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May 17, 2008

Digital technology concerns

The recent storms have me frightened about the requirement for all TV signals to go digital (instead of analog) in February, making current TVs obsolete. Due to a slick salesman’s pitch and lack of interruption of cable service for a while, we took a chance on combining the phone with cable. Big mistake. The cable went out, so the phone went out. The power was out, and the cell phone needed recharging. Therefore, we were cut off from all communication.

We couldn’t report the cable outage (no phone). We had no weather reports (no cable). At least we had a battery-run TV. It will soon be useless.

What will happen when all hard-wired analog phone lines and TV signals are forced to go digital? It takes sophisticated cables, computers and satellites to keep digital going, and we’ve all experienced how good that can be.

I’m afraid communications are stepping backward as safeguards are slowly being eliminated. To rely solely on this technology is scary, to say the least.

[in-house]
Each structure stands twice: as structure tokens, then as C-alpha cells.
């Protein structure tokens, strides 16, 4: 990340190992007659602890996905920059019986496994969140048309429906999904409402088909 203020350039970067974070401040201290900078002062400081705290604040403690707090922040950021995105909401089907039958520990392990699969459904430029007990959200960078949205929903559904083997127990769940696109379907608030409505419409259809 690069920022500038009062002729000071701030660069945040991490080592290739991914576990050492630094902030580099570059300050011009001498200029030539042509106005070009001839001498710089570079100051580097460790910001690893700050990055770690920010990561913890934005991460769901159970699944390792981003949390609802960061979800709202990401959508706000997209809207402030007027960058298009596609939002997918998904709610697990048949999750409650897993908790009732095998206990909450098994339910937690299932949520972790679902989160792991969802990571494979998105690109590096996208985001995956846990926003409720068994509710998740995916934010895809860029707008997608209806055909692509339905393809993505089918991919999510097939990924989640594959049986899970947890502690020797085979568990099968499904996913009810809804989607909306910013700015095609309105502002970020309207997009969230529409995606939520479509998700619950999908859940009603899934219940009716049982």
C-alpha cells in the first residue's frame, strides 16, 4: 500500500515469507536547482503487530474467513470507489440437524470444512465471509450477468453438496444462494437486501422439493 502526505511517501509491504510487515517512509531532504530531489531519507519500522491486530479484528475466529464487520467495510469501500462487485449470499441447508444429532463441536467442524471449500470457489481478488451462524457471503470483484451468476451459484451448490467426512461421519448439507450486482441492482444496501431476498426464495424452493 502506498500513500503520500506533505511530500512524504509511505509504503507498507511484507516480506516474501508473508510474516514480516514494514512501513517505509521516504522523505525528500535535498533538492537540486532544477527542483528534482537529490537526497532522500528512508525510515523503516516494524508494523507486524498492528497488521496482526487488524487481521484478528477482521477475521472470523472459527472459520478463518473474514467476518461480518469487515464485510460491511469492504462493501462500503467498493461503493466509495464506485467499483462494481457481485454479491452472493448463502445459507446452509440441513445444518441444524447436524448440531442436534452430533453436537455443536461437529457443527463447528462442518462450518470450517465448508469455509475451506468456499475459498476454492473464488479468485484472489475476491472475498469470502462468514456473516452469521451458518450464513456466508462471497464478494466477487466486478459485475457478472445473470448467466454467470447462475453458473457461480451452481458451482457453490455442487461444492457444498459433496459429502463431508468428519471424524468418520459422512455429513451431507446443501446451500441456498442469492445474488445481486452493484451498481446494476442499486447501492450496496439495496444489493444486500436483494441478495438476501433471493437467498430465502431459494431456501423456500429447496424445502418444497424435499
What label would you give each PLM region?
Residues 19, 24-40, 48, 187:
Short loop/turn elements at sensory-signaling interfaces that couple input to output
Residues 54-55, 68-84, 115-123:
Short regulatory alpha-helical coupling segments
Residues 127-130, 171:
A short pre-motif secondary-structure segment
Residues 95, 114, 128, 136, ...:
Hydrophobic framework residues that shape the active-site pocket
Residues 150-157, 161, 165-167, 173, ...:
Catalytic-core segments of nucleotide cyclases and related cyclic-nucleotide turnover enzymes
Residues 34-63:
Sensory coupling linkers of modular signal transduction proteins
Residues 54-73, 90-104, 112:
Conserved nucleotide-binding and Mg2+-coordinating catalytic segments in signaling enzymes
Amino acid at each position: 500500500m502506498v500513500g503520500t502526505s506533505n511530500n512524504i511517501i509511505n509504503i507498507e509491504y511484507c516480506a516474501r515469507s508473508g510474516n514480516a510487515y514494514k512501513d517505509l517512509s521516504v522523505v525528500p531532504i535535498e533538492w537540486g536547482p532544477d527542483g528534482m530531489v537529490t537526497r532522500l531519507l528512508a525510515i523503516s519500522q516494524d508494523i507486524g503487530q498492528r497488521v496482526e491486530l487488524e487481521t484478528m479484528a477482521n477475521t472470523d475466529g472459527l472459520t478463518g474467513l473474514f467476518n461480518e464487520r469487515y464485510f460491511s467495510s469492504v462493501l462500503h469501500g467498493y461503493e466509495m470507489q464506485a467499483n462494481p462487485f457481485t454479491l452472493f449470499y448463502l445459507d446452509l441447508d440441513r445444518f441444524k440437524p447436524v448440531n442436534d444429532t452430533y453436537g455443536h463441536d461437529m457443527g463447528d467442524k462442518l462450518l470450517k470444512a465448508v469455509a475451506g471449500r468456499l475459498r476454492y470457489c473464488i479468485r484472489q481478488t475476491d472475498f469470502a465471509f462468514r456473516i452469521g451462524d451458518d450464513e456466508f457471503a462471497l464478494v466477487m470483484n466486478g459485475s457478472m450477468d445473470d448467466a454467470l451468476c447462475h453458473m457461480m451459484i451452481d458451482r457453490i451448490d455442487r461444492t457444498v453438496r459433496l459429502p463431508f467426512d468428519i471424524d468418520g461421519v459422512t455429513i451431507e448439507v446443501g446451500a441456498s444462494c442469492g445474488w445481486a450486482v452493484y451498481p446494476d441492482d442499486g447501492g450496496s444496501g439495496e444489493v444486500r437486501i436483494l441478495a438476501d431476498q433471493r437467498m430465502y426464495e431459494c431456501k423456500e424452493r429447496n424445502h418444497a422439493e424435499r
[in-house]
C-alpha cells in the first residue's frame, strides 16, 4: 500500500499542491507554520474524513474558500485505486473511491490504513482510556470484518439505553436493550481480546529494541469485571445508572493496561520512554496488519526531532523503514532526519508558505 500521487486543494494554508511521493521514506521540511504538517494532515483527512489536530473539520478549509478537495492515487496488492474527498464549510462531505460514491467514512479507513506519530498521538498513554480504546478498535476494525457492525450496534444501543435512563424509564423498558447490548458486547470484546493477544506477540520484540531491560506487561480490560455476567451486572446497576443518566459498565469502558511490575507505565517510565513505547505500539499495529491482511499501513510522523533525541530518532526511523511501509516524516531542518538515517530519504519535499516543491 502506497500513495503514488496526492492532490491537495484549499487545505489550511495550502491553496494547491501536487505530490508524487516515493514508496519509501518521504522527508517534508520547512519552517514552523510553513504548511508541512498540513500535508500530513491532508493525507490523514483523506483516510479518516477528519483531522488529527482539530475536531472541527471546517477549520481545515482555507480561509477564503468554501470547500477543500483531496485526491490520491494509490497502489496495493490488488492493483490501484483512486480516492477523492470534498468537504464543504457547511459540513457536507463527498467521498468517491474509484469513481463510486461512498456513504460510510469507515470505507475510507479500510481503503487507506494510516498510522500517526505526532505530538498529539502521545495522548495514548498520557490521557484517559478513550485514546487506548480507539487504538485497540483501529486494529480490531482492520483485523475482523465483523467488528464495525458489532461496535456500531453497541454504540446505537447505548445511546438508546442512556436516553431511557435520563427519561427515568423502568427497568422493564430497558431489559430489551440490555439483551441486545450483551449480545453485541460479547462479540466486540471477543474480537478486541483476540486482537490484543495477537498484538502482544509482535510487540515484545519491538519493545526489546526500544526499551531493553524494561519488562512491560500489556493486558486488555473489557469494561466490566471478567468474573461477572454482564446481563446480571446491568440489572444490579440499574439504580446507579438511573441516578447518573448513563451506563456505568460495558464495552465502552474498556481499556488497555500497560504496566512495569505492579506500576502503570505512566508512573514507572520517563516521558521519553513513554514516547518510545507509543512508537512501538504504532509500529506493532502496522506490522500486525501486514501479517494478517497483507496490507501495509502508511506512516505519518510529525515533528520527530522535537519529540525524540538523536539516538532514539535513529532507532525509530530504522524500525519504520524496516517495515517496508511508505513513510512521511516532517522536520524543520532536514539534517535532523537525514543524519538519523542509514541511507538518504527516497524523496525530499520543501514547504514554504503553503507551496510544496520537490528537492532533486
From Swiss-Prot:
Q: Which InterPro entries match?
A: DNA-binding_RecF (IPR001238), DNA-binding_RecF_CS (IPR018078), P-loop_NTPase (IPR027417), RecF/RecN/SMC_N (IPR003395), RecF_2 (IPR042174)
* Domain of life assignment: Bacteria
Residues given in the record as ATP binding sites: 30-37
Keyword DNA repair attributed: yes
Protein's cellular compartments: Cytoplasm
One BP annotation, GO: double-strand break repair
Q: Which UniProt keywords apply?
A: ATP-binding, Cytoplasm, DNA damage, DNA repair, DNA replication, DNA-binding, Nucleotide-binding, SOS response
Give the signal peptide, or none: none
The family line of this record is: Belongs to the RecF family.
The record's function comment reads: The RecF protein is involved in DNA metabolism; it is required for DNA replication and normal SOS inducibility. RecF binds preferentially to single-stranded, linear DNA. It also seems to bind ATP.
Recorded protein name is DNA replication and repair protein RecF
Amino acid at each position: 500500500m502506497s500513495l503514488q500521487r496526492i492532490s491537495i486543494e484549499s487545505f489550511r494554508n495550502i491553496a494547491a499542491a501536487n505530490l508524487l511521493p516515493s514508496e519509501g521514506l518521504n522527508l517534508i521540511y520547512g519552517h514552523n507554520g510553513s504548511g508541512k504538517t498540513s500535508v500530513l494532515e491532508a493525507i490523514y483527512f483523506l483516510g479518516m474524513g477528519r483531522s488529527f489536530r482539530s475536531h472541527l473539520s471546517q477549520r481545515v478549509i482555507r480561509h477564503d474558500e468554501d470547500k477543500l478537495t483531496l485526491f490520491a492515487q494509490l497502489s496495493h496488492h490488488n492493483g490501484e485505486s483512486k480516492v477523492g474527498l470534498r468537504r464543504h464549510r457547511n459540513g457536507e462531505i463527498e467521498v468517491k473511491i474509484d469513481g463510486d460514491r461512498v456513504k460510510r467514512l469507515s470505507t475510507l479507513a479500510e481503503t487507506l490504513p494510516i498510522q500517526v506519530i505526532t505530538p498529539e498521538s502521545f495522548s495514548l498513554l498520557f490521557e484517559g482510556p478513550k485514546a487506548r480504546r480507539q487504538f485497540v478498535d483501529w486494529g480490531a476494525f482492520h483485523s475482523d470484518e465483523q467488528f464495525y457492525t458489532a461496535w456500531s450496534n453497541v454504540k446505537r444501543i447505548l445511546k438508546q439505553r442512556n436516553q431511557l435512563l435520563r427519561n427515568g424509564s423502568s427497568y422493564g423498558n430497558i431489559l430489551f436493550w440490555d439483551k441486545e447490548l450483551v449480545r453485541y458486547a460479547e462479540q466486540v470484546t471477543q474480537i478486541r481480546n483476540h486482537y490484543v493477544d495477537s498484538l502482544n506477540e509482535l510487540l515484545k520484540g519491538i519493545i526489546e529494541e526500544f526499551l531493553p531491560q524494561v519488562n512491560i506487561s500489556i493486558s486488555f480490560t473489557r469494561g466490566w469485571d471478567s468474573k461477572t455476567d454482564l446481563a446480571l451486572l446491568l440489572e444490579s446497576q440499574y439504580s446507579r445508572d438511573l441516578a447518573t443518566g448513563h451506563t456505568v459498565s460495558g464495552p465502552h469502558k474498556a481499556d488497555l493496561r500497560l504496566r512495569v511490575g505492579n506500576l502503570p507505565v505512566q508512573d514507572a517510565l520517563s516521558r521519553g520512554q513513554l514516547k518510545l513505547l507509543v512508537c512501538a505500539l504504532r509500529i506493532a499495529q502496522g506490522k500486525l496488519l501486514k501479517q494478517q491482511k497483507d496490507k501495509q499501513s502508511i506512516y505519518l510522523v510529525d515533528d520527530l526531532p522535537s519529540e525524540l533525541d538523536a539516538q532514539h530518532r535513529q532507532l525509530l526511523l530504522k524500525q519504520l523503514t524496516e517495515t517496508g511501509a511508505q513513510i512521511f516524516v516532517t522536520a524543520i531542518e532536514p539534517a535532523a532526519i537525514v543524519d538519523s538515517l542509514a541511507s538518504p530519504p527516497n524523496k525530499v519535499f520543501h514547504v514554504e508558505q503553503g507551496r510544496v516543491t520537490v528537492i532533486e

I, for one, will pay a little more to have my phone and TV separated again as soon as my contract has expired.

Kathy Crook



For those who are concerned about communications during power outages, a land line phone is still an option. In fact, the same bundle of Cable/HSI/phone that is being offered by cable is also available through ATT. Landline phone service from ATT or other incumbents is powered through the local central office, not through the customer premise.


I would be more concerned with government mandated Ponzi schemes that give you no choice. Although I agree the cable providers are pretty selazy.


When I initially saw the commercial showing the package of cable/internet/phone I thought "what happens if the cable goes out"?

There is not a saleman on earth "slick" enough to overcome any intelligent persons objection.

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